A breath of fresh air for children with breathing problems

| Michaela Nesvarova

Bright colours, lights, a place to put your favourite Lego pieces. That is BRISH, a breathing trainer for children with dysfunctional breathing symptoms. This wearable piece of technology was co-developed by UT researcher Geke Ludden and designer Hellen van Rees from Saxion.

Hellen van Rees from Saxion (on the left) and UT researcher Geke Ludden (on the right)

What exactly is BRISH and why was it developed?

Ludden: ‘It’s a smart wearable for children who have troubles with breathing, such as asthma and other types of dysfunctional breathing. When children are diagnosed with breathing problems, the pediatric physiotherapist provides breathing exercises for children to do at home. However, they often don’t do them and they don’t progress in the therapy as well they could. BRISH helps with that.’

How does it work?

Van Rees: ‘BRISH monitors the child’s breathing using sensors on their chest and stomach. It directly gives them feedback to stimulate the correct breathing pattern. They get haptic feedback in the form of vibrations and the garment has lights, which light up as a sort of reward system. The better the children do, the more lights they get. They can use the lights in a mobile game that is connected to the garment. This motivates them to keep using the trainer.’

Who specifically is it intended for?

Ludden: ‘For children between six and twelve years old. The design was specifically tuned to this age group. We asked children to help us with the design and give us feedback, to make sure that they really like it. That is how we came up with the colours, the game, the lights, a place to put Lego pieces and so on. These aspects probably won’t appeal to older children that much.’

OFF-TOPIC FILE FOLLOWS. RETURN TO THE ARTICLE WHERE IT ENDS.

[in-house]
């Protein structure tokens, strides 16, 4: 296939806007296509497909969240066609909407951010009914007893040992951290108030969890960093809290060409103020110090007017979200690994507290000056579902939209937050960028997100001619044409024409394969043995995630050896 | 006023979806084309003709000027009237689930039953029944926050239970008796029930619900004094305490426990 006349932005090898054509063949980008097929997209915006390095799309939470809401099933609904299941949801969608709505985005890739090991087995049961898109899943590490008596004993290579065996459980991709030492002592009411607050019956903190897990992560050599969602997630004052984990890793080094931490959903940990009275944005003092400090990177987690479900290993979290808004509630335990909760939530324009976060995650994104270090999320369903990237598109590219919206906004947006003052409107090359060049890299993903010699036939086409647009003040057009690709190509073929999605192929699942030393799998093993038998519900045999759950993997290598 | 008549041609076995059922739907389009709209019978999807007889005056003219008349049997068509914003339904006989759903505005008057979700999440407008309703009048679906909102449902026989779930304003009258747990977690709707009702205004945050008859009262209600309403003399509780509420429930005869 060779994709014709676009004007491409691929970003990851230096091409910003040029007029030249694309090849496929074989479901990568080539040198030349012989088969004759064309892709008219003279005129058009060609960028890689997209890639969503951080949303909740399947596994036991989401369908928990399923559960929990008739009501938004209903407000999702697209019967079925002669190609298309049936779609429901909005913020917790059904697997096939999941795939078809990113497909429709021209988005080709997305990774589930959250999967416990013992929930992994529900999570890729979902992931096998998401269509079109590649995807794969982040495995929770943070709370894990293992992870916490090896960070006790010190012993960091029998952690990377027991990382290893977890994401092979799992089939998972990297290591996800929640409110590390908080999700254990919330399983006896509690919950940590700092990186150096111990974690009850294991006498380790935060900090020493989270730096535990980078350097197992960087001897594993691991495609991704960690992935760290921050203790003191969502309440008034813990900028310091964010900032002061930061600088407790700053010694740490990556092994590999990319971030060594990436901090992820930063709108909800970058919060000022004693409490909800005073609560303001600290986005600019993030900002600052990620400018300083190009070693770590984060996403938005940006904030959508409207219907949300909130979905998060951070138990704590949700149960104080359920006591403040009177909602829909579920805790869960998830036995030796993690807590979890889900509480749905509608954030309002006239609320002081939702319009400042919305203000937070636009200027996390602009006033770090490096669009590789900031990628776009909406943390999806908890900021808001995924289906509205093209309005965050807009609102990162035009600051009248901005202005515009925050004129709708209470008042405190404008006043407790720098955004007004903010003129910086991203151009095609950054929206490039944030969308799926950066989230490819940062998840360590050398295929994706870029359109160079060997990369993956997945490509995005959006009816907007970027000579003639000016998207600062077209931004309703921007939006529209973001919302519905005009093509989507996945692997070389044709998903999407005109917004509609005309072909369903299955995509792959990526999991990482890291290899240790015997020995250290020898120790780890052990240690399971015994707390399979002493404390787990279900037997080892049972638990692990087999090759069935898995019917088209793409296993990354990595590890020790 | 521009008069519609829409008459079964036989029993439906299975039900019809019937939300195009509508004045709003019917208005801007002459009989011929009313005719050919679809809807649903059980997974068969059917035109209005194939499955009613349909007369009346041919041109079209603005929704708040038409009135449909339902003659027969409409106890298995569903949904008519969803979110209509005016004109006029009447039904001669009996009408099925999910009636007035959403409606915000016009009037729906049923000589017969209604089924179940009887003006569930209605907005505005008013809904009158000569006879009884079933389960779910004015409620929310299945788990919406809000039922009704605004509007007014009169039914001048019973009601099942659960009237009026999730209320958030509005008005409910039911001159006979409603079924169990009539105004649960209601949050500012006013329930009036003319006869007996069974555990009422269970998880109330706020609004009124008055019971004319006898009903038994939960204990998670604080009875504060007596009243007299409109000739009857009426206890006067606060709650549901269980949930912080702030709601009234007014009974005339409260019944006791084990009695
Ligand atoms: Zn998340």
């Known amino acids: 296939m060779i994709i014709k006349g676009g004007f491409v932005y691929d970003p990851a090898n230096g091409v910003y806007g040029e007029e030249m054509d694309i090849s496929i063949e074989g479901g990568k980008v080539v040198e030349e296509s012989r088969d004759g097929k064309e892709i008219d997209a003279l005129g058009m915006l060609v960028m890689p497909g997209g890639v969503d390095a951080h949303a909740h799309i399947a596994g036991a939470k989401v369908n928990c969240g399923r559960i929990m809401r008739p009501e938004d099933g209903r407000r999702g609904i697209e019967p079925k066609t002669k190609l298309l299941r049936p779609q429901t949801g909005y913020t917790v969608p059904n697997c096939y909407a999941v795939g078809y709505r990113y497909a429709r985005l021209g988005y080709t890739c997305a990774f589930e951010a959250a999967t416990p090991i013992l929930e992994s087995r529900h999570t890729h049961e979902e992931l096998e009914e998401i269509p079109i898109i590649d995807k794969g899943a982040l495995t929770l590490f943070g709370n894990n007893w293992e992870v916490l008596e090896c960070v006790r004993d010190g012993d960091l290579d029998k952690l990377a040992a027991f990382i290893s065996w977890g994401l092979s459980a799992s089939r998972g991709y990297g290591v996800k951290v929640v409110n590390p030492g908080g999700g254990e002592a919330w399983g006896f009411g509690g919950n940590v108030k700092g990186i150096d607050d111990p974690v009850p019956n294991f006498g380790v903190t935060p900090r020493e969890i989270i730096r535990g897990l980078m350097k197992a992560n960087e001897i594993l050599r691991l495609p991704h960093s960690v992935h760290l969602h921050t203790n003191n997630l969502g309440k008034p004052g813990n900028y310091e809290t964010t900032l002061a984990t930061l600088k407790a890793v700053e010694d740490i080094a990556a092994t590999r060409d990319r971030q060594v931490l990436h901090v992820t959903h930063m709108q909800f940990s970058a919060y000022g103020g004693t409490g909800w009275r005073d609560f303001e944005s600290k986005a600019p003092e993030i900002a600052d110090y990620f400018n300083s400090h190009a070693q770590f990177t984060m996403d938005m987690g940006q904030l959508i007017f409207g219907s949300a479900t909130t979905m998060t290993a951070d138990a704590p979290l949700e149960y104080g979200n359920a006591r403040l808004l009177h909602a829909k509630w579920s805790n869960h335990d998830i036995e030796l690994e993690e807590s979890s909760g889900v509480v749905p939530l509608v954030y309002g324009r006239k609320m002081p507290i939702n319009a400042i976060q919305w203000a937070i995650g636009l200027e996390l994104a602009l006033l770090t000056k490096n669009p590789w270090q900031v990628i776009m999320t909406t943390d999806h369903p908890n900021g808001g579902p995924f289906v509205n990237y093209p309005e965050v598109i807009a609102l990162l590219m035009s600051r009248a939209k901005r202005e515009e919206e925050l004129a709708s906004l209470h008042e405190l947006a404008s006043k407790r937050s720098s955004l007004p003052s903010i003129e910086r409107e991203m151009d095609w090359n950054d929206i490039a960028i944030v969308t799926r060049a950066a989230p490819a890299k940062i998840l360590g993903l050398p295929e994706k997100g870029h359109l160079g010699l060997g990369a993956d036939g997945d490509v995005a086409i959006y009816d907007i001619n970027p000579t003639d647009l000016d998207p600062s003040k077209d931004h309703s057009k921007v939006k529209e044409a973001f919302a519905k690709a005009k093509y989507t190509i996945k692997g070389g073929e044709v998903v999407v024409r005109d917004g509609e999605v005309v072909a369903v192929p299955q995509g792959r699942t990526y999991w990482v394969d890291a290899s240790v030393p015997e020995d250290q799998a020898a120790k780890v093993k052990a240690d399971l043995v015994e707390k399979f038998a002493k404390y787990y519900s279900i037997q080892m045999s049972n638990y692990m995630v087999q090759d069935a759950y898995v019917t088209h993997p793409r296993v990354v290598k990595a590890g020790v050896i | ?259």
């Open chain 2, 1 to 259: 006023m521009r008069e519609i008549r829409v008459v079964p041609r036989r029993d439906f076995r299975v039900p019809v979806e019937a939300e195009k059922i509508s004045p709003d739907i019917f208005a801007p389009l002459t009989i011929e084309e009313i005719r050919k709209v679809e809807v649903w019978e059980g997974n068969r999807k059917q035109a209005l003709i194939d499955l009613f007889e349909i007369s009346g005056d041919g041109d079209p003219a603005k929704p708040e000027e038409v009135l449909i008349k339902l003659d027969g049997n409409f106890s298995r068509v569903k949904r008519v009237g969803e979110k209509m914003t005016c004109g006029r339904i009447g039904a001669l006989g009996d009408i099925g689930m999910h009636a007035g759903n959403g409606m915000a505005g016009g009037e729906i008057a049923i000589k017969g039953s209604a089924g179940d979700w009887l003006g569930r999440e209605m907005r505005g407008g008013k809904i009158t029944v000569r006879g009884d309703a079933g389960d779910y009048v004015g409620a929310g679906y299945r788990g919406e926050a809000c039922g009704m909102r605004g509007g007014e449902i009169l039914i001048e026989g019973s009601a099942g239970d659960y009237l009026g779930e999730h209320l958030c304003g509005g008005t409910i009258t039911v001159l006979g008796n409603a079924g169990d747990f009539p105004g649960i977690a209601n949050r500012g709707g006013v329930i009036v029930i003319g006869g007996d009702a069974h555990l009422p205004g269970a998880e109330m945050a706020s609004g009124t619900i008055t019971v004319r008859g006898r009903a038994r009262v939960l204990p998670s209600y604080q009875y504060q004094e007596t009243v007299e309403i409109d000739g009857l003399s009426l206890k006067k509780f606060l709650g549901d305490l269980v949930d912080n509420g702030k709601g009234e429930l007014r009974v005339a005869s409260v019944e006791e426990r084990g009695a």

What gave you the idea to create this trainer?

Van Rees: ‘In the past, we developed a vest for correcting posture. This caught the attention of a lung specialist at MST, who contacted us because he thought this type of garment would be very useful for his patients. We have worked closely together with experts from Medisch Spectrum Twente, Ziekenhuis Groep Twente and were supported by Menzis. That resulted in this prototype.’

You have a working prototype. What are the next steps for BRISH?

Ludden: ‘We have a prototype, but we haven’t tested it in a clinical setting yet. We are now in the process of acquiring additional funding, so that we can develop it one step further and start clinical testing. So far, we have received very positive reactions. Children really like the trainer. They think it’s fun to wear and they ask us if they can already take it home with them. It is really nice to see that it is useful for them and that it sparks enthusiasm.’

Klokhuis Science Prize

The BRISH trainer is nominated for the Klokhuis Science Prize, an initiative of In Science, which together with TV show Het Klokhuis awards a prize for the most interesting and relevant scientific research for children aged 9 to 12. This year, there were more than sixty applications for a nomination and BRISH is one of the final ten nominees. The winner will be decided by a public vote. If you’d like to support your favourite, voting is possible here (until 9 November)